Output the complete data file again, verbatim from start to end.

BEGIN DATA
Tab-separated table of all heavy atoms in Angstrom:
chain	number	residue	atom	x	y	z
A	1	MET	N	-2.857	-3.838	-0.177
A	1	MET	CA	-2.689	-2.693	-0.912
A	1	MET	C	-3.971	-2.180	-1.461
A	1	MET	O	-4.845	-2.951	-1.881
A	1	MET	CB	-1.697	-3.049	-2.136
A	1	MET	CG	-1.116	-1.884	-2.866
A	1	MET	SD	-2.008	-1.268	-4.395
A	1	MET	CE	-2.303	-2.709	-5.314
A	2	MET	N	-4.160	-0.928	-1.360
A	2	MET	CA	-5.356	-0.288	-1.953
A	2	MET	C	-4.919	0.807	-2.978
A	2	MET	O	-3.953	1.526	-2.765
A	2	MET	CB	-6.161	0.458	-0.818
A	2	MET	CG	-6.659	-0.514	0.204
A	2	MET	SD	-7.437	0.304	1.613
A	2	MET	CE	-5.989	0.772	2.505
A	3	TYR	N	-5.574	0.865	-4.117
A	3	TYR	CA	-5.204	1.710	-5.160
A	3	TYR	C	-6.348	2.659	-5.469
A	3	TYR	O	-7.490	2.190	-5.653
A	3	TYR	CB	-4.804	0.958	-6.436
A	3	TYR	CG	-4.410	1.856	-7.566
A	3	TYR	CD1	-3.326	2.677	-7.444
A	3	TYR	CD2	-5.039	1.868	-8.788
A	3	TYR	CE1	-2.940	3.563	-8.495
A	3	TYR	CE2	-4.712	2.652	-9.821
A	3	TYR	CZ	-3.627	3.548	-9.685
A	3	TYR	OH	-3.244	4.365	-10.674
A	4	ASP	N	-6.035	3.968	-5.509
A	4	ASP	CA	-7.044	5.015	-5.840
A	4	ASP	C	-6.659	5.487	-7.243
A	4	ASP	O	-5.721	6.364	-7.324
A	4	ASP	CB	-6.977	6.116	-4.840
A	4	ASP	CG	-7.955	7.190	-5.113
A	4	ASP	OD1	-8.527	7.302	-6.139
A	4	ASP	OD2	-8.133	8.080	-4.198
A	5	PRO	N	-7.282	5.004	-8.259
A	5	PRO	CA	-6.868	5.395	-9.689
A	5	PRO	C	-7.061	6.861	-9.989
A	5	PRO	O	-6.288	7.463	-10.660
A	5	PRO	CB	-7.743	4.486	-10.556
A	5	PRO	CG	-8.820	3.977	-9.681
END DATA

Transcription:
Tab-separated table of all heavy atoms in Angstrom:
chain	number	residue	atom	x	y	z
A	1	MET	N	-2.857	-3.838	-0.177
A	1	MET	CA	-2.689	-2.693	-0.912
A	1	MET	C	-3.971	-2.180	-1.461
A	1	MET	O	-4.845	-2.951	-1.881
A	1	MET	CB	-1.697	-3.049	-2.136
A	1	MET	CG	-1.116	-1.884	-2.866
A	1	MET	SD	-2.008	-1.268	-4.395
A	1	MET	CE	-2.303	-2.709	-5.314
A	2	MET	N	-4.160	-0.928	-1.360
A	2	MET	CA	-5.356	-0.288	-1.953
A	2	MET	C	-4.919	0.807	-2.978
A	2	MET	O	-3.953	1.526	-2.765
A	2	MET	CB	-6.161	0.458	-0.818
A	2	MET	CG	-6.659	-0.514	0.204
A	2	MET	SD	-7.437	0.304	1.613
A	2	MET	CE	-5.989	0.772	2.505
A	3	TYR	N	-5.574	0.865	-4.117
A	3	TYR	CA	-5.204	1.710	-5.160
A	3	TYR	C	-6.348	2.659	-5.469
A	3	TYR	O	-7.490	2.190	-5.653
A	3	TYR	CB	-4.804	0.958	-6.436
A	3	TYR	CG	-4.410	1.856	-7.566
A	3	TYR	CD1	-3.326	2.677	-7.444
A	3	TYR	CD2	-5.039	1.868	-8.788
A	3	TYR	CE1	-2.940	3.563	-8.495
A	3	TYR	CE2	-4.712	2.652	-9.821
A	3	TYR	CZ	-3.627	3.548	-9.685
A	3	TYR	OH	-3.244	4.365	-10.674
A	4	ASP	N	-6.035	3.968	-5.509
A	4	ASP	CA	-7.044	5.015	-5.840
A	4	ASP	C	-6.659	5.487	-7.243
A	4	ASP	O	-5.721	6.364	-7.324
A	4	ASP	CB	-6.977	6.116	-4.840
A	4	ASP	CG	-7.955	7.190	-5.113
A	4	ASP	OD1	-8.527	7.302	-6.139
A	4	ASP	OD2	-8.133	8.080	-4.198
A	5	PRO	N	-7.282	5.004	-8.259
A	5	PRO	CA	-6.868	5.395	-9.689
A	5	PRO	C	-7.061	6.861	-9.989
A	5	PRO	O	-6.288	7.463	-10.660
A	5	PRO	CB	-7.743	4.486	-10.556
A	5	PRO	CG	-8.820	3.977	-9.681